This past Friday at the Samuel P. Harn Museum of Art, we welcomed Maxwell L. Anderson, who is Director of the Indianapolis Museum of Art (IMA), for a guest lecture. He was a very good speaker. Some of you may have heard of him, as he has done quite a bit in the art world, working at Emory, Yale, and the Whitney amongst other places. He actually has his own website, which seems kind of odd to me, but, well, there it is.
He had a memorable talk, describing his own efforts in developing the IMA, ranging from a playful bridge to the development of the man-made pond/lake on the museum’s property. I found it slightly off that Anderson’s excuse for dotting the lake and nearby greenspace with art objects is that it wasn’t originally a water property, so it wasn’t intended to be anything slightly disconcerting — kind of like abandoning a commitment to preserving nature whenever it suits one’s self. I’m not sure.
Anderson spoke on the importance of engaging the community. A questioner took the opportunity to inquire if he meant this in any political sense. I leaned forward, detecting the certain markers of an opportunity for liberal demagoguery which, thankfully, never came. Anderson replied that although there may be some of that, he didn’t care what politics a person has: the museum’s mission was to work at a level beyond politics. The ending of Star Trek The Next Generation is what I think he is shooting for, and I can only paraphrase not having the script:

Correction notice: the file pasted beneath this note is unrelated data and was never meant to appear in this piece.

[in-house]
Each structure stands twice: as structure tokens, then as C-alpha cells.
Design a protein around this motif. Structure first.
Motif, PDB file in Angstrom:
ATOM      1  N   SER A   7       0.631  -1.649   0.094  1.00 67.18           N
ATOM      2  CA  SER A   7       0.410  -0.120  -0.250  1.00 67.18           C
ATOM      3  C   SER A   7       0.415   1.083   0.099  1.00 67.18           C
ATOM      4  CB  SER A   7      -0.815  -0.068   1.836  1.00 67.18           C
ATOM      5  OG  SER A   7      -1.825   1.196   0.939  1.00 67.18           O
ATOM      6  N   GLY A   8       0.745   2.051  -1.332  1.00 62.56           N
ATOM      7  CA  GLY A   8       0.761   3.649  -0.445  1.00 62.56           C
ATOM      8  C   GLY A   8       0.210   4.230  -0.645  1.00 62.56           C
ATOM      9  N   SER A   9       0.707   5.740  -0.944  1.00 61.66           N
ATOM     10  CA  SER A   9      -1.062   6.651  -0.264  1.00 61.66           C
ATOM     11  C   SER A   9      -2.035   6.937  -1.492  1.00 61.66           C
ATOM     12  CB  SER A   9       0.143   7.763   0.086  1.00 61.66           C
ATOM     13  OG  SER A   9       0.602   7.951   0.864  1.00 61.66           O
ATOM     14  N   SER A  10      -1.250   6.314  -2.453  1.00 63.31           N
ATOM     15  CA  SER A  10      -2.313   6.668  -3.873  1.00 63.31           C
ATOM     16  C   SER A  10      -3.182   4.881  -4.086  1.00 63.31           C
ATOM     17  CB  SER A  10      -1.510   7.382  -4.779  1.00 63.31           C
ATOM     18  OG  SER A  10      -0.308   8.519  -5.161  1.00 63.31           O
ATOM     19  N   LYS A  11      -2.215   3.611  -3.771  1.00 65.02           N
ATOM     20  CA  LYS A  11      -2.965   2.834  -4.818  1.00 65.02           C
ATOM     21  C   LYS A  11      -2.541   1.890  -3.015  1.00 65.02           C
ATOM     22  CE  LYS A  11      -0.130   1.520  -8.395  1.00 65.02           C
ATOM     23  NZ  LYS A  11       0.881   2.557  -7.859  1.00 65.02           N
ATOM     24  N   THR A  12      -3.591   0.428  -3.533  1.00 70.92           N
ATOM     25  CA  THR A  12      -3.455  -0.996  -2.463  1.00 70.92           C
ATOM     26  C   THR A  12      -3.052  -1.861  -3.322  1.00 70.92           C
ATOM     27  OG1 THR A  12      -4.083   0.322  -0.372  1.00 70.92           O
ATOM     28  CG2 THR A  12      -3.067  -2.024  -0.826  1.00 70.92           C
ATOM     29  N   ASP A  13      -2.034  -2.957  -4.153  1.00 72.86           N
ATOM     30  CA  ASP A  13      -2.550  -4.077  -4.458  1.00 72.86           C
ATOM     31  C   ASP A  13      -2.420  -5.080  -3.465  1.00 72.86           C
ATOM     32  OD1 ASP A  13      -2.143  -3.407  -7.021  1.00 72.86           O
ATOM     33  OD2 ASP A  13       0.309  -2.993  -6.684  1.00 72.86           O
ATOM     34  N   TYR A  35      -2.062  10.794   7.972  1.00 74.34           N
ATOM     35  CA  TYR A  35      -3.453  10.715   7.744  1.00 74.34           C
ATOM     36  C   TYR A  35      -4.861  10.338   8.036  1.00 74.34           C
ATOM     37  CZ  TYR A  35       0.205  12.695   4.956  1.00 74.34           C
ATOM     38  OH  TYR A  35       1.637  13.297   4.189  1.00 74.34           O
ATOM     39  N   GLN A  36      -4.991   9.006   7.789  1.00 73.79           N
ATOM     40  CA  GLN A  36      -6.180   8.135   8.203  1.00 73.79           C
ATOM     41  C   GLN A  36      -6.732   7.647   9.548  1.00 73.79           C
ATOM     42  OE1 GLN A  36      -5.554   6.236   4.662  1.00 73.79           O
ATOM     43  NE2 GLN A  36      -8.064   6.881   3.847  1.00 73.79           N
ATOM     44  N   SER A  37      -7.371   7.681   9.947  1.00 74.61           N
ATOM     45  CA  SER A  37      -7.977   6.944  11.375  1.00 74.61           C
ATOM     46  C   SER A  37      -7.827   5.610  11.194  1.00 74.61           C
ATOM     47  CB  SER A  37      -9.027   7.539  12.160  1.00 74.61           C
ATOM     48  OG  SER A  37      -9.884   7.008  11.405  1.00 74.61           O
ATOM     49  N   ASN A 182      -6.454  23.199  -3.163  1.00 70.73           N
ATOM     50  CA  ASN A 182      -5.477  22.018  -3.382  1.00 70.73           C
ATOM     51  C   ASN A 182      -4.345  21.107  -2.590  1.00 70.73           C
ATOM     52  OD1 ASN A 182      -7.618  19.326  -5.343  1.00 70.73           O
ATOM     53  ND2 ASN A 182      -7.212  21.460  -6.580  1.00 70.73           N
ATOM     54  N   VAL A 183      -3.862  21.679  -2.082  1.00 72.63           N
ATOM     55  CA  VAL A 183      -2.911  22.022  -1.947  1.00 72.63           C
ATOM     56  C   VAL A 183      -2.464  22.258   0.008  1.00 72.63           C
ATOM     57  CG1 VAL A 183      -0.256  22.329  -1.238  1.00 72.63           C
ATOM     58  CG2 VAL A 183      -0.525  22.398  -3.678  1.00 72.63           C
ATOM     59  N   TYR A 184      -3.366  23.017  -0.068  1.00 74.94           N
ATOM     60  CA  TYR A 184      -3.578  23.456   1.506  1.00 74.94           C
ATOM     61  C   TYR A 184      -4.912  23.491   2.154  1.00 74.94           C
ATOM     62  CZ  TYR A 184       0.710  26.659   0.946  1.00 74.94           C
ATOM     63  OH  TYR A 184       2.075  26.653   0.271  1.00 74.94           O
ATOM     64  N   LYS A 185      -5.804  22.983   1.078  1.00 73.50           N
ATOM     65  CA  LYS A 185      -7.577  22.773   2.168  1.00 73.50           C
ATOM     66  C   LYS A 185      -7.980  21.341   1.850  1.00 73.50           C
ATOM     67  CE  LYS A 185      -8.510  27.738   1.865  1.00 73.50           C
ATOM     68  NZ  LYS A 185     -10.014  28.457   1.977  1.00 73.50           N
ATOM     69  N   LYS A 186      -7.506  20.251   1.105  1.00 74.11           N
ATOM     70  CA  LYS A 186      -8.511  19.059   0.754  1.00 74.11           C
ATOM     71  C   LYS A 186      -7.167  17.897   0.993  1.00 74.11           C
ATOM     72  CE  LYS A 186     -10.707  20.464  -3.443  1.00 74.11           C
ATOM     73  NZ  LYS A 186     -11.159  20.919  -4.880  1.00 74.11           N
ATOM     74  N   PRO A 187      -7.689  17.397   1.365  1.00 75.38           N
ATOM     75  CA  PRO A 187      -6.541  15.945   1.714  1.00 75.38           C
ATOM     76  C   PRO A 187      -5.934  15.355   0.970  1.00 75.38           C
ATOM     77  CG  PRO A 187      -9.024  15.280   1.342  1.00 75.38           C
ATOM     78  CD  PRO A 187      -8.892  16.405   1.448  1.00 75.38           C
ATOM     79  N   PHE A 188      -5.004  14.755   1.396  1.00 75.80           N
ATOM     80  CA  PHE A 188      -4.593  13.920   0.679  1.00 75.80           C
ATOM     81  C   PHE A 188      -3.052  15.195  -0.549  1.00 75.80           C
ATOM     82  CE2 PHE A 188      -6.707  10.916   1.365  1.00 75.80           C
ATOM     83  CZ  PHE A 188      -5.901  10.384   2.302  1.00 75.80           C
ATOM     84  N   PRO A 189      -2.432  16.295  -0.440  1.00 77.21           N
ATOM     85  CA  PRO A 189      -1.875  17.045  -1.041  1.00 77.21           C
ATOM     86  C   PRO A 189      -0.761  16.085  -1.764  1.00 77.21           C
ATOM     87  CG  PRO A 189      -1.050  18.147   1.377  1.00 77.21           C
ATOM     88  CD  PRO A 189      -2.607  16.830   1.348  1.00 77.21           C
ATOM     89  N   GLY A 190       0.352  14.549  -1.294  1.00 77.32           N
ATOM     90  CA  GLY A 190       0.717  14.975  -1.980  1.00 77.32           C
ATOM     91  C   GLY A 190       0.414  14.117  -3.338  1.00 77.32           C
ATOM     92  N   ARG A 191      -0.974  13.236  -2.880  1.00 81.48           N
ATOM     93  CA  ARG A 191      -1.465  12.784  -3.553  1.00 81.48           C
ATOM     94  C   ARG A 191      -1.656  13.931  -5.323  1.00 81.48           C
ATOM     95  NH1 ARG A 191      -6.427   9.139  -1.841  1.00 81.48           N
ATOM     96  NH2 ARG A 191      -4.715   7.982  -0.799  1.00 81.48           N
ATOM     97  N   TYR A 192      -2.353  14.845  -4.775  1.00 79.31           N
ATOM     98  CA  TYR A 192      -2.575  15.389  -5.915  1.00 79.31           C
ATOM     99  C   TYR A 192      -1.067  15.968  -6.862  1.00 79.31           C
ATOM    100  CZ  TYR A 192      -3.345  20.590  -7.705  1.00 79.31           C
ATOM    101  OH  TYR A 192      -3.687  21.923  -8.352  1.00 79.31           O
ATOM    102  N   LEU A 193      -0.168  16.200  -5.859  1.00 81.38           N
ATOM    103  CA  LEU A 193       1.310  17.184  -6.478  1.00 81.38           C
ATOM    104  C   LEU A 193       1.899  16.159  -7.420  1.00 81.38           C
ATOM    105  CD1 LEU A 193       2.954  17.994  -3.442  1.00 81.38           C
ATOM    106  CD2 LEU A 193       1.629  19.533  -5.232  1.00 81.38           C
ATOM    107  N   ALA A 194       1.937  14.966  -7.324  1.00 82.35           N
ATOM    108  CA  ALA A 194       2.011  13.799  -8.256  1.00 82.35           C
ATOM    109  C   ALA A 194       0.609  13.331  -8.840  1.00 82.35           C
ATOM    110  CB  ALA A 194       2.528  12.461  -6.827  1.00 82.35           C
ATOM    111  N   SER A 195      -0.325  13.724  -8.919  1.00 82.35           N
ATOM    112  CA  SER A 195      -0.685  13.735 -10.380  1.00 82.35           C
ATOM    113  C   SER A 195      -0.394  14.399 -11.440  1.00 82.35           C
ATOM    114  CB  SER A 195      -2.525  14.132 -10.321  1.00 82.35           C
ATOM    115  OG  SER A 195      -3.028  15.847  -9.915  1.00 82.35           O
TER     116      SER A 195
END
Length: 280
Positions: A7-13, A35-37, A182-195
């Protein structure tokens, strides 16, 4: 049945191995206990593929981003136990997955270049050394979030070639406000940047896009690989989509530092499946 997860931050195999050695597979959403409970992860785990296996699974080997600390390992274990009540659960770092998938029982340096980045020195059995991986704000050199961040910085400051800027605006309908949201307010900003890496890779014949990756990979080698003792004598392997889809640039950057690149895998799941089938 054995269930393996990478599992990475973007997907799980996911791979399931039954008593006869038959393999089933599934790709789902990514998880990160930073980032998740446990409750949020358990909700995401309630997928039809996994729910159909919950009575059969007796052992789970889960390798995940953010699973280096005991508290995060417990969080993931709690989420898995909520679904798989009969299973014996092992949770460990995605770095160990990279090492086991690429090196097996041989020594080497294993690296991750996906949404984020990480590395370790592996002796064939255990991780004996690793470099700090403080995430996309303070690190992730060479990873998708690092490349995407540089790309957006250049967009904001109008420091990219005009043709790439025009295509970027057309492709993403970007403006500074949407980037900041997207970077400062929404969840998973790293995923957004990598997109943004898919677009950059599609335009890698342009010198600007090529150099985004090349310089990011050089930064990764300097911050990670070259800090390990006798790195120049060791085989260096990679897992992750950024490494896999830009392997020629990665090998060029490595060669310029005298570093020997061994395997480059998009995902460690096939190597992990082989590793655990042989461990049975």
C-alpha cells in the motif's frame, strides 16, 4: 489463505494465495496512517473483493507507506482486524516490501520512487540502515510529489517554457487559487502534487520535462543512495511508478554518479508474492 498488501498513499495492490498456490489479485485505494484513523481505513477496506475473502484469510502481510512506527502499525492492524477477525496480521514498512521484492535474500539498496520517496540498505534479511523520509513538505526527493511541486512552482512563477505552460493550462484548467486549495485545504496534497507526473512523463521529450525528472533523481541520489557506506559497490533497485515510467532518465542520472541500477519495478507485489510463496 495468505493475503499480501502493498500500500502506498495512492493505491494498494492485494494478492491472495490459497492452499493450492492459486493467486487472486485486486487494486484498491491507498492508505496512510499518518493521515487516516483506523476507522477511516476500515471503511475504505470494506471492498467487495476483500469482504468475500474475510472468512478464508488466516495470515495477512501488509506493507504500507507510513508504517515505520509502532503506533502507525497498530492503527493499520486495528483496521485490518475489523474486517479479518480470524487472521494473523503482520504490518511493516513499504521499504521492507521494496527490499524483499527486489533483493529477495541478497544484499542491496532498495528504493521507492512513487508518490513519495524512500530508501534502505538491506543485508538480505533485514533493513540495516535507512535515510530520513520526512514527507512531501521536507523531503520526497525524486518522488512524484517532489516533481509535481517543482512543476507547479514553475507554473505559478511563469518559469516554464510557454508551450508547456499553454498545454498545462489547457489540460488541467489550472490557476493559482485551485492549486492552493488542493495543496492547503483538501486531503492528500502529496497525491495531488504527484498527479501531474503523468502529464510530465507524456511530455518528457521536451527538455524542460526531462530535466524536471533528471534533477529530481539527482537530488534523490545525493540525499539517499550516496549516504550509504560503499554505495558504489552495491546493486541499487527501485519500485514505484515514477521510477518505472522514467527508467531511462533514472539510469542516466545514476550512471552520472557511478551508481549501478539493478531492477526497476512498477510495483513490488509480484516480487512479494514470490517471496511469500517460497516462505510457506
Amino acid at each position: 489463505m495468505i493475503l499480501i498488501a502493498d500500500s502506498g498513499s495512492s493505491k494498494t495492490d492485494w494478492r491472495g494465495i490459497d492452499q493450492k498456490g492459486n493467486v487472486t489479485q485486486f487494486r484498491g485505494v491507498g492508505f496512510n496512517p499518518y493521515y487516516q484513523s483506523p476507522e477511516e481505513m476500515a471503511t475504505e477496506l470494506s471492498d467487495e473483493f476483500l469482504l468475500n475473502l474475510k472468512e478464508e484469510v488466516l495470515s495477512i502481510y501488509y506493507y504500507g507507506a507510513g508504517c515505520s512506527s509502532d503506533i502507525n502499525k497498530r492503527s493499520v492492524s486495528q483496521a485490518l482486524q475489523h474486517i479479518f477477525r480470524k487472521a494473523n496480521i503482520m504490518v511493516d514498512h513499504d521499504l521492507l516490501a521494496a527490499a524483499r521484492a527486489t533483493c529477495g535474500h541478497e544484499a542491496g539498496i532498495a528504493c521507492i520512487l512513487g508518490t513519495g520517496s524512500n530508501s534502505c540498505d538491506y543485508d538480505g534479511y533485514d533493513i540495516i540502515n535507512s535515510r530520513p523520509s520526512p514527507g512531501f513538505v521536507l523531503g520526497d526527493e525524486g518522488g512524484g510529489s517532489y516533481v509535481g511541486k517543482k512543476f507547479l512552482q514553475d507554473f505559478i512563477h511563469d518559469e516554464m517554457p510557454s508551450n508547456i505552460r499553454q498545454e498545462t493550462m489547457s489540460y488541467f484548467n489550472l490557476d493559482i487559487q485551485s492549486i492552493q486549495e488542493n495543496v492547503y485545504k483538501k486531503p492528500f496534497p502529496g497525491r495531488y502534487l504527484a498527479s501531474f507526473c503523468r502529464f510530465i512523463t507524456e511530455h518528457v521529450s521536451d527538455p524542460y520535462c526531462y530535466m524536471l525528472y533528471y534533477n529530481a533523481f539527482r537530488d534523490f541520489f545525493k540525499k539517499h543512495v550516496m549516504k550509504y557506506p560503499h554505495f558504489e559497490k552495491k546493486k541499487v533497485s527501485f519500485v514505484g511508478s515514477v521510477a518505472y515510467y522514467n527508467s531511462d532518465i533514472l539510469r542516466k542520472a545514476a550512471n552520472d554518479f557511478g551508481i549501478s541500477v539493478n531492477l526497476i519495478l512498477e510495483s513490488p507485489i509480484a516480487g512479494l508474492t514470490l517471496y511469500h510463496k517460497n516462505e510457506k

Q: For one small, fraction of a second, you were open to possibilities that you had never before considered.
Picard: The paradox — the chicken and the egg.
Q: Exactly. That is the journey that awaits you. Not mapping stars and charting nebulae. But exploring the unknown possibilities of existence.
He continually referred to the plans to create a cultural plaza, presumably right by the Harn, in at the University of Florida. I am not sure how far along plans are, or what the planners seek in their plans, but I wonder how much room they have to work with. There are tons of trees behind the museum, but in front of it only parking spaces and a parking garage. Still, I suppose, there’s plenty of potential behind it. But then there’s the question of how to get people over there. Right now, one of the immense successes at UF is Museum Nights, where on Thursday nights the museums stay open later and people come to enjoy special programs and get exposure to the museums.
Anderson had some good ideas regarding implementation of such a plaza. For example, he cautioned against commissioning permanent works for the plaza, instead suggesting that temporary, changing, or malleable works may be a suitable alternative.
Only time will tell what shape our plaza takes.